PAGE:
Murray Forbes Smith House
201 Government Street, Mobile, Alabama
Completed in 1851, for Murray Forbes Smith (1814-1875) and his wife, Phoebe Ann Desha (1821-1871). Its castellated appearance was a nod to Murray's noble Scottish roots on his mother's side of the family and it was here that his wife gave her famously "costly, but not popular parties"! The house was demolished in 1930, but stood at the present site of the Government Plaza on Government Street. Today, the house is best remembered as the first childhood home of the prolific mansion-builder and unlikely champion of women's rights, Mrs Alva Vanderbilt Belmont (1853-1933)....
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Murray Smith abandoned his legal career to enter the cotton business started by his father-in-law, Robert Desha, back when Mobile was a boomtown. As a cotton broker, success quickly followed, enabling him to build this house for his young family. It was a typical two-story, Federal stone block that had been given a Gothic make-over, giving it a similar appearance to James Fenimore Cooper's Otsego Hall in New York. It had crenellations along its roofline and Tudor-style arches integrated into the front portico. Clarice Stasz wrote of the distinct impression it left on the young Alva Smith,
The Smith home (had) spacious rooms, wide halls, casement windows, magnolia trees, and a separate bathhouse of marble. The way the light fell through the windows, the classic sense of proportion, the impression of nobility all etched a model of security she (Alva) was to seek out in later years. One of her earliest pleasures was going alone into the library, where she would take the large volumes of books and stand them this way and that, like blocks, forming imaginary buildings.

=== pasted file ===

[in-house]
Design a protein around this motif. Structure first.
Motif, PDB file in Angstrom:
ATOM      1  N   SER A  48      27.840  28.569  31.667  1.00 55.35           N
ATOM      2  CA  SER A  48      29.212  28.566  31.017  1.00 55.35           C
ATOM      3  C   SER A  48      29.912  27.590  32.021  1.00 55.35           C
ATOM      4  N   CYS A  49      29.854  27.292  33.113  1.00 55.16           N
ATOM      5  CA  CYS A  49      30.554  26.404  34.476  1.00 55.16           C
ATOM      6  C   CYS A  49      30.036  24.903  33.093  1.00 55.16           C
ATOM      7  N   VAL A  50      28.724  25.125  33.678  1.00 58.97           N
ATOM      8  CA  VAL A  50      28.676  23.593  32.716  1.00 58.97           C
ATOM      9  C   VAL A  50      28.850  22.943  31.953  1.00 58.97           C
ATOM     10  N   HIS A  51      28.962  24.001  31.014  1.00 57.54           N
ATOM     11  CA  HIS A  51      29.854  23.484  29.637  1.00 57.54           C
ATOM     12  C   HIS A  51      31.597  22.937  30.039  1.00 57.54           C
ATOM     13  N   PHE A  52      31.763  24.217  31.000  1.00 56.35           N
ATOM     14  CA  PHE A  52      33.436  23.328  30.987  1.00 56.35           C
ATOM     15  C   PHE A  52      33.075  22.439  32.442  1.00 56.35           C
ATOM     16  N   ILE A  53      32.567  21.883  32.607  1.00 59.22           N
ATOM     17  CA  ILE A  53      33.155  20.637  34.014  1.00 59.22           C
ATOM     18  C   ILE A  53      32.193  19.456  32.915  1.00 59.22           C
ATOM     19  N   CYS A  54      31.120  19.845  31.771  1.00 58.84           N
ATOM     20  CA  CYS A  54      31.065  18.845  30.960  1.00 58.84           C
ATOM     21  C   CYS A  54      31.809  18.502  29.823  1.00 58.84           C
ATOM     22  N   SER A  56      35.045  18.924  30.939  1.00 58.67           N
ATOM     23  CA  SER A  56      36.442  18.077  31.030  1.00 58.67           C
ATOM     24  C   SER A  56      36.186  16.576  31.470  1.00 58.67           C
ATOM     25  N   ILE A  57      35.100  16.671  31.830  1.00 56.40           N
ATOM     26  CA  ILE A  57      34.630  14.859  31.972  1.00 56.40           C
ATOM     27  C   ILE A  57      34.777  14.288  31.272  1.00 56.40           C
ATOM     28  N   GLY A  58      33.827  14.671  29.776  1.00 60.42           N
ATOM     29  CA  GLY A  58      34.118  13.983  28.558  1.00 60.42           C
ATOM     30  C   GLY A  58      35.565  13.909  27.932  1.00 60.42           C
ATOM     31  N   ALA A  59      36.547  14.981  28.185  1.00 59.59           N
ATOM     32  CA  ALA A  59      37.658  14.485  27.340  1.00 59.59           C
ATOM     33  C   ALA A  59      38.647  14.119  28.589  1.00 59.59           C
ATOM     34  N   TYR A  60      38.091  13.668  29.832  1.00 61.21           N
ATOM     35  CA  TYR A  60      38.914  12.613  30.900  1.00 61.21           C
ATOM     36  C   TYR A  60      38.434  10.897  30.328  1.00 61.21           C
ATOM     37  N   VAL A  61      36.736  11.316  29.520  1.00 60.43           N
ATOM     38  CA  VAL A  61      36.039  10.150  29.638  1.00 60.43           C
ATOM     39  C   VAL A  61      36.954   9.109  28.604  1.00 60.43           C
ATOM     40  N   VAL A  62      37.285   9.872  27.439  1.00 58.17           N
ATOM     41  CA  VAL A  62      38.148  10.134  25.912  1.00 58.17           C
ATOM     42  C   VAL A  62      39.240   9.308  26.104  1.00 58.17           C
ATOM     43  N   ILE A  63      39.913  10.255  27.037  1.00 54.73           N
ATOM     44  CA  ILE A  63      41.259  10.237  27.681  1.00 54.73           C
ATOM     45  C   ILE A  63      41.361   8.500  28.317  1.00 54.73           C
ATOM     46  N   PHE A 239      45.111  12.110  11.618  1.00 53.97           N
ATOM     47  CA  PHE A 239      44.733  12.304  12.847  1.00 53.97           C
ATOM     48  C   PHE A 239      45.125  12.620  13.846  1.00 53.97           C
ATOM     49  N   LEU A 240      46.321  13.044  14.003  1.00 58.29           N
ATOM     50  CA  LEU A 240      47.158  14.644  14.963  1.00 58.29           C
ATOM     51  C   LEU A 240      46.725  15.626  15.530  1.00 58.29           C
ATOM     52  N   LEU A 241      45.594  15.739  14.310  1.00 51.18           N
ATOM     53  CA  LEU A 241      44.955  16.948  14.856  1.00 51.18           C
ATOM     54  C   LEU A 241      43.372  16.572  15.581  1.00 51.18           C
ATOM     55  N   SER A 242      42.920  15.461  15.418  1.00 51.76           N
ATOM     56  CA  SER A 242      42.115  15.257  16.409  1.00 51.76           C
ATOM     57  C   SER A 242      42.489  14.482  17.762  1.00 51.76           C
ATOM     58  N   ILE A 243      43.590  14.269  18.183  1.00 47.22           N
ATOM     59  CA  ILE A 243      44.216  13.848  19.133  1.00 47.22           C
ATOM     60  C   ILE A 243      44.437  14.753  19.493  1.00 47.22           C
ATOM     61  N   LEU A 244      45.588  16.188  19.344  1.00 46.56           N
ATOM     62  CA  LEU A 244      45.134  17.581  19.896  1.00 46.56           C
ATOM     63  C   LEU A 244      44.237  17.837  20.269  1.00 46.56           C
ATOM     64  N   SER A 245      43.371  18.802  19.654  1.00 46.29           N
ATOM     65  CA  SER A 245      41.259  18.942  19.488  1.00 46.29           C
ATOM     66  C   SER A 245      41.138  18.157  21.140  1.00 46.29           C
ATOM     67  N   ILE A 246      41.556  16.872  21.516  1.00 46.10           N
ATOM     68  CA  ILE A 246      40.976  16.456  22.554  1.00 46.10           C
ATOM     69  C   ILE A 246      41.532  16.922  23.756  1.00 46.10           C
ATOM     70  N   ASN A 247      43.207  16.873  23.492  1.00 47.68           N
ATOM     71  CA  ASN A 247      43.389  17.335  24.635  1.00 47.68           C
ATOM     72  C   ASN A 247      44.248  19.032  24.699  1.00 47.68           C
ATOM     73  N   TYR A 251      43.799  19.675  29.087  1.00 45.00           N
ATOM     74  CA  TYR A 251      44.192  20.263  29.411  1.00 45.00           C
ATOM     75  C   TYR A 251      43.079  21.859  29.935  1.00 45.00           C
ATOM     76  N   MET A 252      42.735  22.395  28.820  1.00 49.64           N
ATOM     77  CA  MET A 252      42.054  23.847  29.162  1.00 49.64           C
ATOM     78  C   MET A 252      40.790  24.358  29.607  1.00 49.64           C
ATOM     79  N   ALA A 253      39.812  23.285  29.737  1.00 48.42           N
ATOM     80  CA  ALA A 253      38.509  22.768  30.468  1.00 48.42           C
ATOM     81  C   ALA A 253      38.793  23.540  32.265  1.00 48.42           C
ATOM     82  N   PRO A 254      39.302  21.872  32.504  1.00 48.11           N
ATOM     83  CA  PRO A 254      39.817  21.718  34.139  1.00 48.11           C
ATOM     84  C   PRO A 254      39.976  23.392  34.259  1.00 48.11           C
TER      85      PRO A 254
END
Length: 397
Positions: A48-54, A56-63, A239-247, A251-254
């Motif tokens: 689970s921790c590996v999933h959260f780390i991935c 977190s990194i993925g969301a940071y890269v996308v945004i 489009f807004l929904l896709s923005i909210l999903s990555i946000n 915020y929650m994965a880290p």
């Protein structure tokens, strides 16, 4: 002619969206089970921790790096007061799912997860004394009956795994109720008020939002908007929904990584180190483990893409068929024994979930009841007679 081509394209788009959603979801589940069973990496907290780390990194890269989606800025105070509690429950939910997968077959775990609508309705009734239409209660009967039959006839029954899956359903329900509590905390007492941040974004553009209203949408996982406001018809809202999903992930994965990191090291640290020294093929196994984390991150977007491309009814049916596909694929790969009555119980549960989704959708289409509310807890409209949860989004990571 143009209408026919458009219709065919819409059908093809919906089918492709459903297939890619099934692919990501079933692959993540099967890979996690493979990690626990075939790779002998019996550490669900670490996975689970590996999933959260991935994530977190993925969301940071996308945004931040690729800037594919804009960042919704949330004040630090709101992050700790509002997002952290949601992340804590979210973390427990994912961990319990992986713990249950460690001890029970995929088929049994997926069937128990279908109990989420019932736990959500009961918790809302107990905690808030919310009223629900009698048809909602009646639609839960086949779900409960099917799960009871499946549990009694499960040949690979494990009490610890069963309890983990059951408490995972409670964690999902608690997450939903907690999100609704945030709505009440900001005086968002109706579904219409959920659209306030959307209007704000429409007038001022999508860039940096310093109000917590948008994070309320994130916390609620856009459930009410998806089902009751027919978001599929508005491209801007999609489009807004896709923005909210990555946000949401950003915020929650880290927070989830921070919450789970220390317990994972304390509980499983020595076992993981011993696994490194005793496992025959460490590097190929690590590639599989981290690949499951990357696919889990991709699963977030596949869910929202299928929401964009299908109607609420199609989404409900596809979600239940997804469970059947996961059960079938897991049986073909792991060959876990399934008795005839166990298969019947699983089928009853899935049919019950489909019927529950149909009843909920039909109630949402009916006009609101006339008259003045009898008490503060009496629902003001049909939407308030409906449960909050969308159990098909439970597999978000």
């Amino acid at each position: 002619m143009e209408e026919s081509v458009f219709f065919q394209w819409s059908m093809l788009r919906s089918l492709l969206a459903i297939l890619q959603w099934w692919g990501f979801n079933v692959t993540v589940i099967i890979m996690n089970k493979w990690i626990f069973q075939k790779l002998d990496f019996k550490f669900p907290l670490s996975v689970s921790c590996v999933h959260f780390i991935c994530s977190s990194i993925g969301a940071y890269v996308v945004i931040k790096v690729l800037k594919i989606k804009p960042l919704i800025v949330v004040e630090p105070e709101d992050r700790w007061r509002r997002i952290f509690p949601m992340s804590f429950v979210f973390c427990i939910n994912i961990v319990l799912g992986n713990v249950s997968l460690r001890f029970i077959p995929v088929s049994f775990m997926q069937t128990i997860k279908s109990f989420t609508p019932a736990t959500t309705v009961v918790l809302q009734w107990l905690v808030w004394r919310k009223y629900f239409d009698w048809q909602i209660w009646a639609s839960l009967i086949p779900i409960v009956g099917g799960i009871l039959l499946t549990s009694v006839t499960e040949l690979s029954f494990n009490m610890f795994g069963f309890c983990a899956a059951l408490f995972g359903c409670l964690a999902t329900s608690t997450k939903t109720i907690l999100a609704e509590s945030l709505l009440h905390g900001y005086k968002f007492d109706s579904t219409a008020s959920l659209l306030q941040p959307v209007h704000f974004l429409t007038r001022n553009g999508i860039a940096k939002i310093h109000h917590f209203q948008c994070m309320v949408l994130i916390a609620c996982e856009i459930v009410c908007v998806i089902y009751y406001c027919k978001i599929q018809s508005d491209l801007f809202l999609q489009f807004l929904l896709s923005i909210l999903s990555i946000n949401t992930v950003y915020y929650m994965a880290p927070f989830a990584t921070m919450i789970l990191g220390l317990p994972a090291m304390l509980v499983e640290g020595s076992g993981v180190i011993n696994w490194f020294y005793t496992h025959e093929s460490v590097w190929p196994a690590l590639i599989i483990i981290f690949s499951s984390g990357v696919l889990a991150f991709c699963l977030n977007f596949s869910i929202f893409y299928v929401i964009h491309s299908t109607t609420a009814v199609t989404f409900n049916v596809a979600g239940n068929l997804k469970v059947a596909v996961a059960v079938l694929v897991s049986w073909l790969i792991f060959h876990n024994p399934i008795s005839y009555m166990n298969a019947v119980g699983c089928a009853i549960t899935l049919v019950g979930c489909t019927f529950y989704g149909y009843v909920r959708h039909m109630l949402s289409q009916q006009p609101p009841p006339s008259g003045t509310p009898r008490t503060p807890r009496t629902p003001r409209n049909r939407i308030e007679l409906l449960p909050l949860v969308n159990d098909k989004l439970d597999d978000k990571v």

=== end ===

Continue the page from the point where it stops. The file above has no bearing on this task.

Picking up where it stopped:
Unfortunately, Mrs Smith did not seem to enjoy much success as a hostess, which may account for her daughter's absolute determination to succeed in society. Thomas Cooper de Leon recalled her, "costly, but not popular parties" and another story circulated that she once hosted a ball here, to which not one member of Mobile's high society turned up!
The Smiths only got to enjoy their Alabaman castle for less than a decade. In 1859, two years before the start of the US Civil War, Murray Smith moved his family up to New York. The move may have been a result of the financial panic of 1857, but otherwise it is unclear why he left. The history of the house between then and when it was demolished in 1930 also remains shrouded in mystery. Its wrought-iron fence was later moved to Springhill Avenue at Riviere du Chin Road.
Contributed by Mark Meredith on 17/07/2019 and last updated on 18/07/2019.
Image Courtesy of the Historic Mobile Preservation Society; Historic Architecture in Alabama: A Guide to Styles and Types, 1810-1930 (2001), by Robert S. Gamble; Alva Vanderbilt Belmont: Unlikely Champion of Women's Rights (2011) by Sylvia D. Hoffert; The Vanderbilt Women: Dynasty of Wealth, Glamour and Tragedy (2000) by Clarice Stasz
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